So far, I have never met someone who has made a conscious decision to procreate, and invest twenty years of their life, just for the fun of damaging their children beyond repair. Yet that is usually what happens. Even families that seem to be the cream of the crop, the most normal of all, will still have dysfunctional children. No matter how good we are as parents, there will always be issues, years of counseling, baggage and resentment.
As parents, you can’t win. You work … they hate you because you didn’t spend enough time with them. You don’t work … your kids hate being poor. Not enough of this, too much of that. So you may be asking, are children really worth it? Of course they are, because even dysfunctional children can still be a blessing to their parents, and truthfully, when that strong maternal instinct kicks in, there is usually not much you could say that would convince someone that having a cute, adorable, bundle of joy is not worth it.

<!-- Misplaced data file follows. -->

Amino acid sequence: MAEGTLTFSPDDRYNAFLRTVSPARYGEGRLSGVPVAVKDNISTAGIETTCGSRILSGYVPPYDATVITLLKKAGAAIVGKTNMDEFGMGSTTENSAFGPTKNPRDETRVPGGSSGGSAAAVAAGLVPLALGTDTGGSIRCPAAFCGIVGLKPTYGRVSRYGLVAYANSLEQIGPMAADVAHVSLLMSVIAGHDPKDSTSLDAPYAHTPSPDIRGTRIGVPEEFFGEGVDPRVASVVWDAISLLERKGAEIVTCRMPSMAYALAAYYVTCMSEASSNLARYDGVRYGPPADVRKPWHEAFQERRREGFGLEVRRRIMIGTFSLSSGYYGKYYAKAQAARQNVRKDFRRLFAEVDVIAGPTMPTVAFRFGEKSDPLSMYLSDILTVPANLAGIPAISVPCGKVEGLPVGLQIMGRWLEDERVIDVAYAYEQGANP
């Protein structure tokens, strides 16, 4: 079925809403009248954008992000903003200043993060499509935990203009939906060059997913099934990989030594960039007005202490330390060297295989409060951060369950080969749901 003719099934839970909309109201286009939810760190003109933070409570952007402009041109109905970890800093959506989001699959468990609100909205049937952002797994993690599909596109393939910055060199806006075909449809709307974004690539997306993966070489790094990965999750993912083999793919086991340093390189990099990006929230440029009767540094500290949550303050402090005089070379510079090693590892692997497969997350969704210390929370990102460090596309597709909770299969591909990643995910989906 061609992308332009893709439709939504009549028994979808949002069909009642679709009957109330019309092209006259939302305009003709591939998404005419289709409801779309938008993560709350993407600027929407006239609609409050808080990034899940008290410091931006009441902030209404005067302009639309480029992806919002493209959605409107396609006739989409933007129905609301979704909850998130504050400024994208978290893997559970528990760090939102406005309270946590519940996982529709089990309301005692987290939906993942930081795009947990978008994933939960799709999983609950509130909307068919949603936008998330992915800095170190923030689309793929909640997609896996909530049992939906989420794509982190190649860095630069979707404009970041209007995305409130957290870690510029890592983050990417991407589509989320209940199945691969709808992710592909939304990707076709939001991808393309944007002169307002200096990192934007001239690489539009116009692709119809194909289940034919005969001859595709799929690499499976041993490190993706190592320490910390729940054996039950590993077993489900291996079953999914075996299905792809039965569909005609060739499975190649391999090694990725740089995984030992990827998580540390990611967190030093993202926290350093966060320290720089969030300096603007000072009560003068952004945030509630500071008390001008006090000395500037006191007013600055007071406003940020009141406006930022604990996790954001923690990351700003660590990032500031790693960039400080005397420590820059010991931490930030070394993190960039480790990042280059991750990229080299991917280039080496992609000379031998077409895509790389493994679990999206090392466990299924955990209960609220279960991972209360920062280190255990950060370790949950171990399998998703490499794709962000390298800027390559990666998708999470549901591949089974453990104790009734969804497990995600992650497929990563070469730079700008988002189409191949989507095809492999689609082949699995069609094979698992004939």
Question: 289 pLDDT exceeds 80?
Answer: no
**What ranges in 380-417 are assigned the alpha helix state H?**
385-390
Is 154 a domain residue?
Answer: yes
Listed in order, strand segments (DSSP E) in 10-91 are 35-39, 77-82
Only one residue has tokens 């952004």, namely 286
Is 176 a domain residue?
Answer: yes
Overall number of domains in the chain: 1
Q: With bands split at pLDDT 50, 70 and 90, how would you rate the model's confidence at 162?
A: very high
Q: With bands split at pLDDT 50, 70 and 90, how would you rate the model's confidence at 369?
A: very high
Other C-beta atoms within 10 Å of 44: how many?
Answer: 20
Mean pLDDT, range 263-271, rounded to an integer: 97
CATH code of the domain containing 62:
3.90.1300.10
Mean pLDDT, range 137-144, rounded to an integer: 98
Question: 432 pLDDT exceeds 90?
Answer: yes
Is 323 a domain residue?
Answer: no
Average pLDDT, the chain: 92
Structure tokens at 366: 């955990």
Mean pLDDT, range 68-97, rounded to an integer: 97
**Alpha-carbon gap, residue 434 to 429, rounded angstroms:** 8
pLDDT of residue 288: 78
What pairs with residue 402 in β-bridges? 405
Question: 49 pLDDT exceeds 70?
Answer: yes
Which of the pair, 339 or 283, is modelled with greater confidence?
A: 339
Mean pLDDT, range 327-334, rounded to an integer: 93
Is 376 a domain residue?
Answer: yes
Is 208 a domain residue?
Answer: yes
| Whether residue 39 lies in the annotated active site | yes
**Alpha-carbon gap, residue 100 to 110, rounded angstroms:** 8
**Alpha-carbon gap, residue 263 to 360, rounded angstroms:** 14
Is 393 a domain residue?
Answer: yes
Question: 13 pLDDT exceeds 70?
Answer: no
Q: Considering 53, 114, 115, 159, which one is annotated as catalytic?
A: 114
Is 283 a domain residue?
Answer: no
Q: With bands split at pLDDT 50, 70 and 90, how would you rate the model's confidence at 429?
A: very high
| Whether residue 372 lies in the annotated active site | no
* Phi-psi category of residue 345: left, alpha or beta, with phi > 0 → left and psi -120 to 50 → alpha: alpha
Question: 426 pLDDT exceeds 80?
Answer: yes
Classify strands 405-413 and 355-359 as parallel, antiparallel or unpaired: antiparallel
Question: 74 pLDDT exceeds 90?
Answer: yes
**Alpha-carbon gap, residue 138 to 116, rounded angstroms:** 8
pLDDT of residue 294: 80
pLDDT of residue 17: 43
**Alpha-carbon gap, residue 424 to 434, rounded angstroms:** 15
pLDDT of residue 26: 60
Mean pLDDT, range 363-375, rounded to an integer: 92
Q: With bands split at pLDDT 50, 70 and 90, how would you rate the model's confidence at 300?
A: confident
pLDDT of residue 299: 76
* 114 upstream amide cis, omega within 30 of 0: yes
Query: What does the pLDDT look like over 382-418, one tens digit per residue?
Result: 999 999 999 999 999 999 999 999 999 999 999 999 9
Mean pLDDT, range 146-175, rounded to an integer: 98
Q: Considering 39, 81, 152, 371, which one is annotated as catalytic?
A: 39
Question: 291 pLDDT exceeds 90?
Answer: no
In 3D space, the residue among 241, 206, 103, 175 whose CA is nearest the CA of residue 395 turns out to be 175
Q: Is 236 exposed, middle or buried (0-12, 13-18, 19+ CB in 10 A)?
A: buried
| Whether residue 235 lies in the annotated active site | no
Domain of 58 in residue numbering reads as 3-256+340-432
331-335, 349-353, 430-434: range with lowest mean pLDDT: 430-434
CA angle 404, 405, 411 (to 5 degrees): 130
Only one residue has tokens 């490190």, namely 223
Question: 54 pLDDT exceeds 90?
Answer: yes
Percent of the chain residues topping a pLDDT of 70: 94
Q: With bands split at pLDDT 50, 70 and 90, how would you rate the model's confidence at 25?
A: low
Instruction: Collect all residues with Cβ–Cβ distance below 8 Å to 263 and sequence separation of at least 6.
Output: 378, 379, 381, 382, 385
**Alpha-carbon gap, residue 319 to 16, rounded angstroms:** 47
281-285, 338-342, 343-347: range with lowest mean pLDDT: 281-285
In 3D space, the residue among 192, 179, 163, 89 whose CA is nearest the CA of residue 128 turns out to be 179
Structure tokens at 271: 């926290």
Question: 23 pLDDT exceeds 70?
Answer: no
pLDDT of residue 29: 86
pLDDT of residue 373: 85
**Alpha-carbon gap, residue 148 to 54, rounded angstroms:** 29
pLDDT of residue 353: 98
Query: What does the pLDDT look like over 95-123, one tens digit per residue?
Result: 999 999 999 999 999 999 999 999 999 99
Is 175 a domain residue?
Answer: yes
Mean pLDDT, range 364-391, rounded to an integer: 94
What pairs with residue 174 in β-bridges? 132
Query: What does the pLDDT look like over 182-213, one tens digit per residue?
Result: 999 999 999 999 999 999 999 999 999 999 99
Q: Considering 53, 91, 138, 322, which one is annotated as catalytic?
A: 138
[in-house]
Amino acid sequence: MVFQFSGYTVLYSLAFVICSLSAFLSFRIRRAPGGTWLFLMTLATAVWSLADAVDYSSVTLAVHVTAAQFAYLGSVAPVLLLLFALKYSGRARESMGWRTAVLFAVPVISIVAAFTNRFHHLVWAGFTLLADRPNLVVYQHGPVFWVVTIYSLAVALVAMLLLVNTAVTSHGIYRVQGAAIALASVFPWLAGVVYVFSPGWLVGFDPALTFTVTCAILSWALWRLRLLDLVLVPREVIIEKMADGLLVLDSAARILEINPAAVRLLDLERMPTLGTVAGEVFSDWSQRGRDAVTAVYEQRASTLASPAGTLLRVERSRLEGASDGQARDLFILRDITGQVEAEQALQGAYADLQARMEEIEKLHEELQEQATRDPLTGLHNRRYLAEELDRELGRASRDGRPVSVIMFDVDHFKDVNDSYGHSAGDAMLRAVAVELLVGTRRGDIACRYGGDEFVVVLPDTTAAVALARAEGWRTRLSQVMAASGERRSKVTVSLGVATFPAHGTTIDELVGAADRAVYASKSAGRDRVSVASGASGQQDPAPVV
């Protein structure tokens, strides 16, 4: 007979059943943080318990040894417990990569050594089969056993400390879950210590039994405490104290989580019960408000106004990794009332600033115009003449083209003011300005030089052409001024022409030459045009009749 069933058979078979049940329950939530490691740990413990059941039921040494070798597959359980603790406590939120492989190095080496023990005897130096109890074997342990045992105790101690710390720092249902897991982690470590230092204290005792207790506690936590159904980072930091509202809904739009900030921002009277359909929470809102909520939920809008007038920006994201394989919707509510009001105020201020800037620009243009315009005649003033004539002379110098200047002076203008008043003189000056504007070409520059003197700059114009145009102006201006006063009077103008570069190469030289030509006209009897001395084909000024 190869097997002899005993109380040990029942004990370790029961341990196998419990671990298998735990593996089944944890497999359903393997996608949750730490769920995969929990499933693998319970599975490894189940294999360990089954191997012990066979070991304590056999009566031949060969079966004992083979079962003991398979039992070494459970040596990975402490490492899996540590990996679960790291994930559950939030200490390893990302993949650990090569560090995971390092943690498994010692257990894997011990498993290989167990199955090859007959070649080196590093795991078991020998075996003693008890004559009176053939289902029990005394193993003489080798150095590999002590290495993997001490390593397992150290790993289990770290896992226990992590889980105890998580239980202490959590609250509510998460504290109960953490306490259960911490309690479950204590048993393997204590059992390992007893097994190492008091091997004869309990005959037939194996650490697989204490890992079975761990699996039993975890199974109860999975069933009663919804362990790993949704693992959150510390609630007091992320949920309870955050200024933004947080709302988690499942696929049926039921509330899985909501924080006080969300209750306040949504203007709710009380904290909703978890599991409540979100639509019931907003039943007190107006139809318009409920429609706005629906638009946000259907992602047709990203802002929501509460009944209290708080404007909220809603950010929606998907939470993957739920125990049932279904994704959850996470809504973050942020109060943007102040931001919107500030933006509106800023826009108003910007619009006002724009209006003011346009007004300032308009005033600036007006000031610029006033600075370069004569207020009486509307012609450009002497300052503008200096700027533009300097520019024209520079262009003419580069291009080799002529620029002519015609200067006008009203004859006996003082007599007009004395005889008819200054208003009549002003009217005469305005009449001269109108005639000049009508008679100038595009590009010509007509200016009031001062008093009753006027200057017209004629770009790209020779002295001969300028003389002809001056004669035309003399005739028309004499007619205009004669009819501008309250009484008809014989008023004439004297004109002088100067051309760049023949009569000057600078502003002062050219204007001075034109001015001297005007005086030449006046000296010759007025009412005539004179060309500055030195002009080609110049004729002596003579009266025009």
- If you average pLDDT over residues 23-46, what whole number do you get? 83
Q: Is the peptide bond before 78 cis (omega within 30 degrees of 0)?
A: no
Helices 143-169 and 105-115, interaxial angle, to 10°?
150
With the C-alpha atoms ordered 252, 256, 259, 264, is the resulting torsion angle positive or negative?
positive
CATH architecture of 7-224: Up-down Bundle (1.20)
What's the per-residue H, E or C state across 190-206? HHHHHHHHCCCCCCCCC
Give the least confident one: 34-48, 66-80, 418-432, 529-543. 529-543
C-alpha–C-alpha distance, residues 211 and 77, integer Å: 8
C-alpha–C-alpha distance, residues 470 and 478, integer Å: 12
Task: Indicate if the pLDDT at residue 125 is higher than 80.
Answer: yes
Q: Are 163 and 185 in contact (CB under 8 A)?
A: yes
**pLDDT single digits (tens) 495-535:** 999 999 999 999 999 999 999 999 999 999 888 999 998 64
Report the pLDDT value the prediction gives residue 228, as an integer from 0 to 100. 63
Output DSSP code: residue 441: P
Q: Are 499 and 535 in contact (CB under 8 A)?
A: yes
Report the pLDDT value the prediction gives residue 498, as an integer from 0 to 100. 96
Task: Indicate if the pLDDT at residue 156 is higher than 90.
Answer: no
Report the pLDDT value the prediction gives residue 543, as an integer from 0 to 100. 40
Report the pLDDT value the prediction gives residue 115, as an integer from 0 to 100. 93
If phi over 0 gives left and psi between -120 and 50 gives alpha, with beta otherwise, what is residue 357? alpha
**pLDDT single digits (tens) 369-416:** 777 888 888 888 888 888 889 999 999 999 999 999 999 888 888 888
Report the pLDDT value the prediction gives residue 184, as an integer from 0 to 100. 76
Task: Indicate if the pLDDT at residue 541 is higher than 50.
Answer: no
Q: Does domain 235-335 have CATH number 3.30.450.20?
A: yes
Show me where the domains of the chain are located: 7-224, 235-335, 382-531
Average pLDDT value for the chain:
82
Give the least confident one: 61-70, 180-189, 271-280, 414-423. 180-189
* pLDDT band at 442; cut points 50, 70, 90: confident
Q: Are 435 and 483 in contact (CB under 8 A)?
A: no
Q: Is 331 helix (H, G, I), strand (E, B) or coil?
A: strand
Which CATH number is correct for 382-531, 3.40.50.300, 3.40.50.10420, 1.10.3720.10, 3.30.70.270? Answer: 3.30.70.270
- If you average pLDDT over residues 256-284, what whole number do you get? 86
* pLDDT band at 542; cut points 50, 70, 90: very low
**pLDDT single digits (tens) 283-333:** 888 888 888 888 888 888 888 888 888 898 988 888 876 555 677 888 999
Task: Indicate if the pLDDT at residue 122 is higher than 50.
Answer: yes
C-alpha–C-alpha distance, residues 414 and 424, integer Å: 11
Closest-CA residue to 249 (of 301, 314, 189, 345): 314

So what’s the point in trying? You try because deep down you hope that someday your children will realize that you tried to do what was best for them, and they will look at the big picture, and maybe at their grandparents and even great-grandparents, and notice that each of them tried, with all they knew at the time, given their background, to make the best decisions. Perhaps their perspective was wrong, or their thinking was based on inaccurate information, but they still loved you and exerted a great amount of effort to raise you.
One of my mom’s favorite expressions is, “Being a mom is a thankless job.” She usually tells us this soon after we’ve informed her that she has single handedly ruined us forever. She then follows it by the mother’s curse: “I hope that someday your children are just like you.” So the cycle continues indefinitely. Someday I will realize that, no matter how hard I tried not to, I still managed to raise dysfunctional children.
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